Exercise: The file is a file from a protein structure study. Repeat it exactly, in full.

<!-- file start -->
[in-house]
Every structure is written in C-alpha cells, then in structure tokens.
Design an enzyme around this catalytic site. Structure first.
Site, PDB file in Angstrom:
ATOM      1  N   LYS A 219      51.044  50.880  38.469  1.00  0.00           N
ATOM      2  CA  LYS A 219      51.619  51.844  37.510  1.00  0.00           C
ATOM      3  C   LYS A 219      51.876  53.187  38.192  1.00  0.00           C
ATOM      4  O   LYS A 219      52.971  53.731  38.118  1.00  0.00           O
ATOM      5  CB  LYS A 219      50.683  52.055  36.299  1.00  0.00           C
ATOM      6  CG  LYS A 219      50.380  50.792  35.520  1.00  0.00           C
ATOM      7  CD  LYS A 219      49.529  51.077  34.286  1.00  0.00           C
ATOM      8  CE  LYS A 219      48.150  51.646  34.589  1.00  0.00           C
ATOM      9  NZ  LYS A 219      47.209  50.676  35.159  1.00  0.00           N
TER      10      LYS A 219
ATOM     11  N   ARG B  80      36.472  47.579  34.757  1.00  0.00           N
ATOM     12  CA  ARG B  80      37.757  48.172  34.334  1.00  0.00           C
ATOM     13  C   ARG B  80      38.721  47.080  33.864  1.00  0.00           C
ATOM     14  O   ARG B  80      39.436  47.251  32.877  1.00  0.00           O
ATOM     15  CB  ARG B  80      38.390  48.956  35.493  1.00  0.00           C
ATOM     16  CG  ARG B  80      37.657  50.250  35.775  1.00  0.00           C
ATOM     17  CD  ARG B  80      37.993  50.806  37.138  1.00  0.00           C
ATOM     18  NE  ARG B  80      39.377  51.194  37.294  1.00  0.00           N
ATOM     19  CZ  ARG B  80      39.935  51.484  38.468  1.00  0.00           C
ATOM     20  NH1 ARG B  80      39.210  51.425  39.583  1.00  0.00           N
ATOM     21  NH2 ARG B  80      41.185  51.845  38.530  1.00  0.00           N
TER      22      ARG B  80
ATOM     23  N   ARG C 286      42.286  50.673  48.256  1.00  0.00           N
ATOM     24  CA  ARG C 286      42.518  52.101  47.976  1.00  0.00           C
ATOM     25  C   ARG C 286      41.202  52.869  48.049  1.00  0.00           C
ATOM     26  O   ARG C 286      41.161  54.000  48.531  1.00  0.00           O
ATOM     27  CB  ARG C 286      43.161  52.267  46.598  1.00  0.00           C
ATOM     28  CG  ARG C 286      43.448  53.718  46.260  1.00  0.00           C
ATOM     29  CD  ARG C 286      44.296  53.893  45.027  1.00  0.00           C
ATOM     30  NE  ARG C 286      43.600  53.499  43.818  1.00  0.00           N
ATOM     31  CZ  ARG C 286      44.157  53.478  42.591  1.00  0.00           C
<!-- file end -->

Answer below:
[in-house]
Every structure is written in C-alpha cells, then in structure tokens.
Design an enzyme around this catalytic site. Structure first.
Site, PDB file in Angstrom:
ATOM      1  N   LYS A 219      51.044  50.880  38.469  1.00  0.00           N
ATOM      2  CA  LYS A 219      51.619  51.844  37.510  1.00  0.00           C
ATOM      3  C   LYS A 219      51.876  53.187  38.192  1.00  0.00           C
ATOM      4  O   LYS A 219      52.971  53.731  38.118  1.00  0.00           O
ATOM      5  CB  LYS A 219      50.683  52.055  36.299  1.00  0.00           C
ATOM      6  CG  LYS A 219      50.380  50.792  35.520  1.00  0.00           C
ATOM      7  CD  LYS A 219      49.529  51.077  34.286  1.00  0.00           C
ATOM      8  CE  LYS A 219      48.150  51.646  34.589  1.00  0.00           C
ATOM      9  NZ  LYS A 219      47.209  50.676  35.159  1.00  0.00           N
TER      10      LYS A 219
ATOM     11  N   ARG B  80      36.472  47.579  34.757  1.00  0.00           N
ATOM     12  CA  ARG B  80      37.757  48.172  34.334  1.00  0.00           C
ATOM     13  C   ARG B  80      38.721  47.080  33.864  1.00  0.00           C
ATOM     14  O   ARG B  80      39.436  47.251  32.877  1.00  0.00           O
ATOM     15  CB  ARG B  80      38.390  48.956  35.493  1.00  0.00           C
ATOM     16  CG  ARG B  80      37.657  50.250  35.775  1.00  0.00           C
ATOM     17  CD  ARG B  80      37.993  50.806  37.138  1.00  0.00           C
ATOM     18  NE  ARG B  80      39.377  51.194  37.294  1.00  0.00           N
ATOM     19  CZ  ARG B  80      39.935  51.484  38.468  1.00  0.00           C
ATOM     20  NH1 ARG B  80      39.210  51.425  39.583  1.00  0.00           N
ATOM     21  NH2 ARG B  80      41.185  51.845  38.530  1.00  0.00           N
TER      22      ARG B  80
ATOM     23  N   ARG C 286      42.286  50.673  48.256  1.00  0.00           N
ATOM     24  CA  ARG C 286      42.518  52.101  47.976  1.00  0.00           C
ATOM     25  C   ARG C 286      41.202  52.869  48.049  1.00  0.00           C
ATOM     26  O   ARG C 286      41.161  54.000  48.531  1.00  0.00           O
ATOM     27  CB  ARG C 286      43.161  52.267  46.598  1.00  0.00           C
ATOM     28  CG  ARG C 286      43.448  53.718  46.260  1.00  0.00           C
ATOM     29  CD  ARG C 286      44.296  53.893  45.027  1.00  0.00           C
ATOM     30  NE  ARG C 286      43.600  53.499  43.818  1.00  0.00           N
ATOM     31  CZ  ARG C 286      44.157  53.478  42.591  1.00  0.00           C